Virgin Atlantic said the agreement puts it in a position to “rebuild its balance sheet” and “welcome passengers back”. It had warned it would run out of cash by September without the deal.

Read more at BBC News

Ex-Google CEO Eric Schmidt Says Rapid Coronavirus Tests Are Needed to Get America Back to the Office

“There’s plenty of technology that allows for rapid testing, and with rapid testing corporations could open. People could go to work,” Schmidt said on “Squawk Box.” Schmidt is referring to a kind of coronavirus test than the lab-based diagnostic tests that have become common. There’s been a growing push for rapid tests that produce results in as little as minutes. Some of these rapid tests would be administered at home. Others could be delivered at offices or schools.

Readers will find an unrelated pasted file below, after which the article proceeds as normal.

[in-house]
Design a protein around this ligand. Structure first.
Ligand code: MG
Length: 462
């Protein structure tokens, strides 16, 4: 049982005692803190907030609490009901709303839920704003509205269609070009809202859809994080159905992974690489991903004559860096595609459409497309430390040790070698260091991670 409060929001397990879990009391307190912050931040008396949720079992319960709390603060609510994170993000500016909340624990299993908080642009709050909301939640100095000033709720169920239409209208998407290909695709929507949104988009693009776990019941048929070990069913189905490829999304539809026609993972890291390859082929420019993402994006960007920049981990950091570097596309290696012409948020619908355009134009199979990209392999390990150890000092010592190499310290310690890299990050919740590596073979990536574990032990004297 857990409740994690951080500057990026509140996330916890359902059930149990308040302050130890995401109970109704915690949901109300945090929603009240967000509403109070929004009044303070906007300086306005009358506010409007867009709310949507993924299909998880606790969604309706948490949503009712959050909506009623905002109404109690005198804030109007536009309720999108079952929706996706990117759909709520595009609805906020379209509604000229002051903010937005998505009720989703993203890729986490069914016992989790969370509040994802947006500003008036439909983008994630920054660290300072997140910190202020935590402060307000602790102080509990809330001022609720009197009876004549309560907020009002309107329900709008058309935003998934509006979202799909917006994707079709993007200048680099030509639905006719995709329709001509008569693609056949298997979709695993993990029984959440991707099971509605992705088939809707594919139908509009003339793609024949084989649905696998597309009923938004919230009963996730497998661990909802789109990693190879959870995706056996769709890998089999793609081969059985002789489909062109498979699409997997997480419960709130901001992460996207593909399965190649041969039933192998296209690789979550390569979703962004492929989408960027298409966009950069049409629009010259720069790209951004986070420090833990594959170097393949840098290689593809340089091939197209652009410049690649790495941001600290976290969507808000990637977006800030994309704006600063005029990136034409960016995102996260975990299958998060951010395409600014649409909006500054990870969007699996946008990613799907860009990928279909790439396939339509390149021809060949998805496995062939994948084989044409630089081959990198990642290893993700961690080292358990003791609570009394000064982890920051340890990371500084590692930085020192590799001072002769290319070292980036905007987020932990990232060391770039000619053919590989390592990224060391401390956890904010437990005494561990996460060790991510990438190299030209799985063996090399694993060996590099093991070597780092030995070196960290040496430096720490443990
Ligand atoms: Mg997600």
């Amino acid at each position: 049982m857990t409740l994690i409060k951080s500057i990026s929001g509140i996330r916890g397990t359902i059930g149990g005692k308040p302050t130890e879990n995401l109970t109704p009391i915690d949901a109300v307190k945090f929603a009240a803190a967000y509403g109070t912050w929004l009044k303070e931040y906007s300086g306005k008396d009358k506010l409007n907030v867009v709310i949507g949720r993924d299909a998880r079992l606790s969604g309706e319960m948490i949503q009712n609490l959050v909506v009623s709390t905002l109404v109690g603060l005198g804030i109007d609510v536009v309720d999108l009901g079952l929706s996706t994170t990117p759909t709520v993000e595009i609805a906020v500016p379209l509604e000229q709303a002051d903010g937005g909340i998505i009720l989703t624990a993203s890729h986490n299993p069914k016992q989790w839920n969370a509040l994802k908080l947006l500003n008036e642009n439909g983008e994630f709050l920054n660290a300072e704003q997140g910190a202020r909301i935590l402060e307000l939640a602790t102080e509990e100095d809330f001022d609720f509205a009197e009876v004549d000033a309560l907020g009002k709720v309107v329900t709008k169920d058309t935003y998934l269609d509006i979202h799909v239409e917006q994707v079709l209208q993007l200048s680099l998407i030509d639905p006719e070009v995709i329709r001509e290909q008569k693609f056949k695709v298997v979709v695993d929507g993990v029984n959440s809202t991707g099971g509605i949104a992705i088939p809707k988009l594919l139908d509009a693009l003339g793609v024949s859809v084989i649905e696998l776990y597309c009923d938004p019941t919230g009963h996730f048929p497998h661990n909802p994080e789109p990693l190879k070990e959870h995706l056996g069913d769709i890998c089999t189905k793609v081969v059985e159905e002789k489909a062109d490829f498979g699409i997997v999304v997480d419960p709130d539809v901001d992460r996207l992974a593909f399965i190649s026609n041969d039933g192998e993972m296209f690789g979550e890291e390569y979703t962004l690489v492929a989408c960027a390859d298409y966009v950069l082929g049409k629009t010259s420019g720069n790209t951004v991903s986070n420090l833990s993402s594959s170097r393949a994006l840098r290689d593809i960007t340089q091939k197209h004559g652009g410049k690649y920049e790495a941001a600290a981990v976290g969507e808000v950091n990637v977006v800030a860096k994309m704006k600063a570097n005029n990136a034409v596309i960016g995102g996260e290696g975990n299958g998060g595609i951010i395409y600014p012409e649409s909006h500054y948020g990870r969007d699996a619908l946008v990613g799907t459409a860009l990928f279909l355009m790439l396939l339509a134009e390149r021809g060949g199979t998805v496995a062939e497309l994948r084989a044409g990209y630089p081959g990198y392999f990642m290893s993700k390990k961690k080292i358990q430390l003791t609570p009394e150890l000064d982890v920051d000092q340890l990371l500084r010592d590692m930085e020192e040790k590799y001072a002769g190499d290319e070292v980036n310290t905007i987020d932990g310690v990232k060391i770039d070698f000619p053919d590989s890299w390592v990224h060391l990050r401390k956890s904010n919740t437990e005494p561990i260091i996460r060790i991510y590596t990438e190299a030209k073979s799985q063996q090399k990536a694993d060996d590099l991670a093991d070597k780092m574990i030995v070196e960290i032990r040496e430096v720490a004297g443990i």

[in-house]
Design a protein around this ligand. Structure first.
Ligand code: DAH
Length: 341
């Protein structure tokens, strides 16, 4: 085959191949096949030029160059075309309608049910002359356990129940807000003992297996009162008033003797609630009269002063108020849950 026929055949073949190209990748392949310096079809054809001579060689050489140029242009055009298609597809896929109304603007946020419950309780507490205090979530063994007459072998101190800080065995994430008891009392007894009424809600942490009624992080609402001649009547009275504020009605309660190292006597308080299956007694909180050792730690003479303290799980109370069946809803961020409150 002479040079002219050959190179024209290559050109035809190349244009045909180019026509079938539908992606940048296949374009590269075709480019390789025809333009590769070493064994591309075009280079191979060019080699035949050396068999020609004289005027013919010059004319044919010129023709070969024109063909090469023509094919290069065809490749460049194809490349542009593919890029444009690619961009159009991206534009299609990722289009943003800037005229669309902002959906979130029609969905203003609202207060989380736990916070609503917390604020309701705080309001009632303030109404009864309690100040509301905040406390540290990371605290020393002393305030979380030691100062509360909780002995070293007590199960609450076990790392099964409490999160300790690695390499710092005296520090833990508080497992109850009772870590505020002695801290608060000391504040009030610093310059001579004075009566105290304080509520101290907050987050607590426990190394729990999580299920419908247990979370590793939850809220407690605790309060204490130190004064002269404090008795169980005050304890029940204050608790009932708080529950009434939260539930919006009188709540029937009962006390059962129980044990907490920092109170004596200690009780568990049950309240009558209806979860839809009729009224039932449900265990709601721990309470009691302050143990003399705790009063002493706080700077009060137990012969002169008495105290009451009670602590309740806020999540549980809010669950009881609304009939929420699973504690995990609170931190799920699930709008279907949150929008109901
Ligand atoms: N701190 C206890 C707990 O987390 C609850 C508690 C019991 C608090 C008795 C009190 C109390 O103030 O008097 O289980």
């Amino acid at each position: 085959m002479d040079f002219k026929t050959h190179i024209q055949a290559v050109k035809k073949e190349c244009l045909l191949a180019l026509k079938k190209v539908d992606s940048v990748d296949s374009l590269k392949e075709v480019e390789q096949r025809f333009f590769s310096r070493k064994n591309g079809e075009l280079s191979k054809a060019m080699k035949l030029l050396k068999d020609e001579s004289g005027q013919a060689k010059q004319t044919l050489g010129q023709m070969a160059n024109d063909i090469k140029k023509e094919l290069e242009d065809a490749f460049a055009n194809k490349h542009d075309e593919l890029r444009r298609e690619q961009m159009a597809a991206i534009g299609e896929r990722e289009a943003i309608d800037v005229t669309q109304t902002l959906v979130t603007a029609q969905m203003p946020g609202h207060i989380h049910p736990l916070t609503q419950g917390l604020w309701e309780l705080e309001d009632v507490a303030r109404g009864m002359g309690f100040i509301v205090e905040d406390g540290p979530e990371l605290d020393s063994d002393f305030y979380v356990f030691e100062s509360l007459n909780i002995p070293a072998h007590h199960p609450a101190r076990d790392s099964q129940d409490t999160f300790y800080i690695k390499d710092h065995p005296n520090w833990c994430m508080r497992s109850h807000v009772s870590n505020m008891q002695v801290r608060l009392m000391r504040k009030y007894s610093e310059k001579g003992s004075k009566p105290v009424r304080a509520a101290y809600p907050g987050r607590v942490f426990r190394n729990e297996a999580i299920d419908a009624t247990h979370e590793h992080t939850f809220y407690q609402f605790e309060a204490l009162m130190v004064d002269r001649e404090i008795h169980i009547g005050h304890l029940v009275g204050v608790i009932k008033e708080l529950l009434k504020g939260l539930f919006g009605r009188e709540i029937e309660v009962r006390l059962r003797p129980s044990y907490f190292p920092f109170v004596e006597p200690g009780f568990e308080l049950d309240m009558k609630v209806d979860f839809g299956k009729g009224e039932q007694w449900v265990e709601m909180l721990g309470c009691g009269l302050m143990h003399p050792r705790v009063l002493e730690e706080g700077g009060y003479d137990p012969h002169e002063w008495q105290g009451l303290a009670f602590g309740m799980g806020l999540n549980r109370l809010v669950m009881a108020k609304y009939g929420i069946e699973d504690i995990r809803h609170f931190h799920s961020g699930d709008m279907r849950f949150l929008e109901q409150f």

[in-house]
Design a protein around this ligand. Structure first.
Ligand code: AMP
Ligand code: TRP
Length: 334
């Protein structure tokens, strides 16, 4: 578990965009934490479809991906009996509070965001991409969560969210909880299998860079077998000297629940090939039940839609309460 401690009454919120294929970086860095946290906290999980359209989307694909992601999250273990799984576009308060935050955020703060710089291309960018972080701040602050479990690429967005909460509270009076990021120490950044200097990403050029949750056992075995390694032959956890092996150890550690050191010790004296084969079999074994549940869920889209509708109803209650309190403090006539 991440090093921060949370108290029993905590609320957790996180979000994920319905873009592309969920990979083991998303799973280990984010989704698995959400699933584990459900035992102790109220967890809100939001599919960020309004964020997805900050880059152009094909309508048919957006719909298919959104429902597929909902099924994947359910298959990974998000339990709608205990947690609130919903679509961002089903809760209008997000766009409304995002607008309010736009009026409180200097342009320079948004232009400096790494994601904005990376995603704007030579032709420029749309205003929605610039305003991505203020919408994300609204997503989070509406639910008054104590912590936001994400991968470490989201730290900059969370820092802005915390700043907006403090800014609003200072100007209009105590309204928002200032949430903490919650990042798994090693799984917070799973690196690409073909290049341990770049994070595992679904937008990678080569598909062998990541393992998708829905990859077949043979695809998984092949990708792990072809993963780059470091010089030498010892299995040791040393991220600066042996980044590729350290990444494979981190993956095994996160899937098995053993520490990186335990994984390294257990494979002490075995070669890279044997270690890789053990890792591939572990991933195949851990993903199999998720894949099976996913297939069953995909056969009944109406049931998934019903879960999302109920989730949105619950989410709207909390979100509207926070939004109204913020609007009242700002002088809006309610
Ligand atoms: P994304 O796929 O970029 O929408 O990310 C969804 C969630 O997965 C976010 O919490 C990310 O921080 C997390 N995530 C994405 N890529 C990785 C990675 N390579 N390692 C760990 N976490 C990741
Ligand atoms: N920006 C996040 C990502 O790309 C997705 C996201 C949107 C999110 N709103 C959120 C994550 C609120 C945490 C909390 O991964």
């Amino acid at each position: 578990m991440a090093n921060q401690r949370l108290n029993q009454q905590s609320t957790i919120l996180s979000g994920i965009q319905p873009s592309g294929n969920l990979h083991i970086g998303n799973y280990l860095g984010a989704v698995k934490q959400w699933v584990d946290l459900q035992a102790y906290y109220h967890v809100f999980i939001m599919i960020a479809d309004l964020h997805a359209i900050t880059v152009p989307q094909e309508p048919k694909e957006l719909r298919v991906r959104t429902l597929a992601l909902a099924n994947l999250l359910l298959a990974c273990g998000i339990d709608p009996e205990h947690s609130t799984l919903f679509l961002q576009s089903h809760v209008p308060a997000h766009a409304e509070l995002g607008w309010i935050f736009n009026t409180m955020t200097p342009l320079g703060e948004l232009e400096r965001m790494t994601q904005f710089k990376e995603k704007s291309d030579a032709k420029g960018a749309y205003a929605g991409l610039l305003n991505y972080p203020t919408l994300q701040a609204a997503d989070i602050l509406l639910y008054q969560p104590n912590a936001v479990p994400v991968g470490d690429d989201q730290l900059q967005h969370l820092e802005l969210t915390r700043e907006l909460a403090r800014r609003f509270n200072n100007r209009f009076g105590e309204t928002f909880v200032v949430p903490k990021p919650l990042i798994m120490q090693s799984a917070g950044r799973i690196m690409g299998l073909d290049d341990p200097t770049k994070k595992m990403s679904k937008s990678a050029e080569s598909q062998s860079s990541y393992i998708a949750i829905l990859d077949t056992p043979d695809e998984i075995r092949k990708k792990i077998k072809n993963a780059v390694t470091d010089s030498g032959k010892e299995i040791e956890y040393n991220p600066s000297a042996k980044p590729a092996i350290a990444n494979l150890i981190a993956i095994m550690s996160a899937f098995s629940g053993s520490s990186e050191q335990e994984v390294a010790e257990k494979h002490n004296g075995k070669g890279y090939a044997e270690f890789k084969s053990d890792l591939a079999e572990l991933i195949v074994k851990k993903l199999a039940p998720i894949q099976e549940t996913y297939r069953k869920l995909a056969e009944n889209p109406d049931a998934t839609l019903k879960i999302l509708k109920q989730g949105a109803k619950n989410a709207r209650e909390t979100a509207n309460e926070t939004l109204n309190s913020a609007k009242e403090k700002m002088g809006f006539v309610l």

But America does not yet have adequate testing infrastructure in place to widely deploy quick-turnaround tests, said Schmidt, who is leading a group organized by Gov. Andrew Cuomo to help the New York state improve its economy in the wake of the coronavirus. 

Read more at CNBC

What is the Maturity Date of a PPP Loan? RBT CPAs Provides the Answers

New PPP loans approved on or after June 5th automatically have a loan length of five years. The PPP loan program is widely recognized for its forgivable nature if used for payroll, rent and utilities. Still, for a significant portion of borrowers, not all of the loan will be forgiven. The unforgiven portion will be converted to an SBA loan at a rate of 1%.